How long does it take to become a good Fencer?
There is a saying that it takes two lifetimes to master fencing. By the time anyone has come close to “mastering” the sport, they are long past their athletic prime. Some may feel that this is a drawback to the sport, but most fencers see it as a great strength as fencing never becomes dull or routine; there are always new skills to master and new grounds to conquer. In times past, students were only permitted to hold a weapon after they had completed a year or two of footwork training. Modern training programs rarely wait this long, so, waiting about a month and a half at the Scarborough Fencing Club is fair, however, in many cases students will be fencing (albeit very badly) almost immediately.
Novice-level competition is feasible within 6-12 months or more. Competition at this point should be viewed as a learning aid, never as a dedicated effort to win. Serious attempts at competing will be possible after 2-3 years or more, when the basic skills have been sufficiently mastered and the mind is free to consider strategy. A moderate level of skill, for example, C classification, can take a few years of regular proper practice and competition. Advancing to the elite rank, for example, world cup, international ‘A’ level, demands three to five days per week of proper practice and competition and, usually, at least 10 years of experience. Progress can be faster or slower, depending on the fencer’s aptitude, dedication, quality of instruction, and the age at which they begin. Rapid progress normally requires at least three proper practices per week and regular competition against superior fencers. With the increasing emphasis on athleticism in the modern sport, fencers are getting younger, and the champions are getting to the podiums faster.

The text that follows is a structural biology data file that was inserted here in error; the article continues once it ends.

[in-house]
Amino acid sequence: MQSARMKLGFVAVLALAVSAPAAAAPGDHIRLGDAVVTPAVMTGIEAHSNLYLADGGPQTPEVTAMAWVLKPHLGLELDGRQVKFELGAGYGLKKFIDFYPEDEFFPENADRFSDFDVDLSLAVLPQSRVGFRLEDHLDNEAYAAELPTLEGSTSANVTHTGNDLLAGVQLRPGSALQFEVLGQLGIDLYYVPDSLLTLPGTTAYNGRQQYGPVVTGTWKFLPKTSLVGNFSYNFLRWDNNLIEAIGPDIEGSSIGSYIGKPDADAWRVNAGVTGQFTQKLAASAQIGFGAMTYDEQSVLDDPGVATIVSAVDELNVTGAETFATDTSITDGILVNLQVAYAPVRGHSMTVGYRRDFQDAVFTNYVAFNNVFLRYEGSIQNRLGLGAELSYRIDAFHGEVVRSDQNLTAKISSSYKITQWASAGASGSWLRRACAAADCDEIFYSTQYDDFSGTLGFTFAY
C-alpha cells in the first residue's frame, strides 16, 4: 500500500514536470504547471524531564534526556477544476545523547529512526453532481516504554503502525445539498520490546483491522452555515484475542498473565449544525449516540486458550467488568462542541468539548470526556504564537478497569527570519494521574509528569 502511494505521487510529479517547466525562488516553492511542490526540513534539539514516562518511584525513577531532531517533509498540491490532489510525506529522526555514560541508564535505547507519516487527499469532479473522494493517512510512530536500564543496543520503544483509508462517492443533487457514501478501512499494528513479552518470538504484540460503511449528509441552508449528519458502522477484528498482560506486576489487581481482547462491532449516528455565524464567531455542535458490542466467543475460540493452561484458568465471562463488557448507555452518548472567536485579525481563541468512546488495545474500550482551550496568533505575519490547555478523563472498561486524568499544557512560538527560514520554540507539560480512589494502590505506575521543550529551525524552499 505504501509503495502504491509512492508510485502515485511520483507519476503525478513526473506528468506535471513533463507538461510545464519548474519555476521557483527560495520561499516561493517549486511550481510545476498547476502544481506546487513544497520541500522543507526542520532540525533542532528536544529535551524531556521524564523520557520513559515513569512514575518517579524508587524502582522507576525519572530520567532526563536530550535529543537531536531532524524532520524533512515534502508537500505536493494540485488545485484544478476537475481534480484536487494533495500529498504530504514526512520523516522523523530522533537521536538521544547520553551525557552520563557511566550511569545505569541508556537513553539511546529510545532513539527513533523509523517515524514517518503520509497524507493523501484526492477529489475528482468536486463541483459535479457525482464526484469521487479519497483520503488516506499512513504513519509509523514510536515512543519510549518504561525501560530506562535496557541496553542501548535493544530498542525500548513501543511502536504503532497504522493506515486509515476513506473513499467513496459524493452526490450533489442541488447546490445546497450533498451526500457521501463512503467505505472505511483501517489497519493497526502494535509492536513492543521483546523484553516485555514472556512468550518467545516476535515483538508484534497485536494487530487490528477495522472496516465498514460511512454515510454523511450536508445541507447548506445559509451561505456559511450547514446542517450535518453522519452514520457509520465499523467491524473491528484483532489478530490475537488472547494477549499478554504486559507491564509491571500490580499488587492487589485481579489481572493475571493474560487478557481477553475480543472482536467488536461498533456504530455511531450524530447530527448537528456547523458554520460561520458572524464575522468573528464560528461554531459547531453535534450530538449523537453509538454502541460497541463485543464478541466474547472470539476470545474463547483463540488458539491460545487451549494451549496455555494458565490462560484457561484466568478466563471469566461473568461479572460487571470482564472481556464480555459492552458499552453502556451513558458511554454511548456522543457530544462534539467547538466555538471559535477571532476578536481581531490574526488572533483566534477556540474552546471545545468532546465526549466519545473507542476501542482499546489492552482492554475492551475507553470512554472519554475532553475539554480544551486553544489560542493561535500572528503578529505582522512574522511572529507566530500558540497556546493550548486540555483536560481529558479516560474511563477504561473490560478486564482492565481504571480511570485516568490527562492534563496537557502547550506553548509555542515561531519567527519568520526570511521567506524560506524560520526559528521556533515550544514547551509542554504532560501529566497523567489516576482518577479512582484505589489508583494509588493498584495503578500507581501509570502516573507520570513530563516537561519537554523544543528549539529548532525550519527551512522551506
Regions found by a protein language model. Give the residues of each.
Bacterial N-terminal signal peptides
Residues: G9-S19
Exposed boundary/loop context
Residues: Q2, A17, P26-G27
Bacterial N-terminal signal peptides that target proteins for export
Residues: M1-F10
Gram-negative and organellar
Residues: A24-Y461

What qualities make a good fencer?
All of them!
On the athletic side, speed and cardiovascular fitness rank high. Other traits that can be exploited are strength, explosive power, manual dexterity, and flexibility. Quick reaction time is extremely important. On the mental side, a fencer must be adaptable, observant, and have a good mind for strategy and tactics. Psychologically, he or she must be able to maintain focus, concentration, and emotional calmness under intense conditions of combat.
As far as body type goes, it is always possible to adapt your style to take advantage of your natural traits. Normally, height seems to be most useful in epee. Small or thin people are harder to hit in foil. A long reach helps in epee and long legs are an asset in foil. It should be noted that left handers seem to enjoy a slight advantage, especially against less experienced fencers. This may account for the fact that lefties make up 15% of novice fencers, but, close to half of FIE world champions.
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"All For One And One For All"
Gordon Fong, Head Coach
Scarborough Fencing Club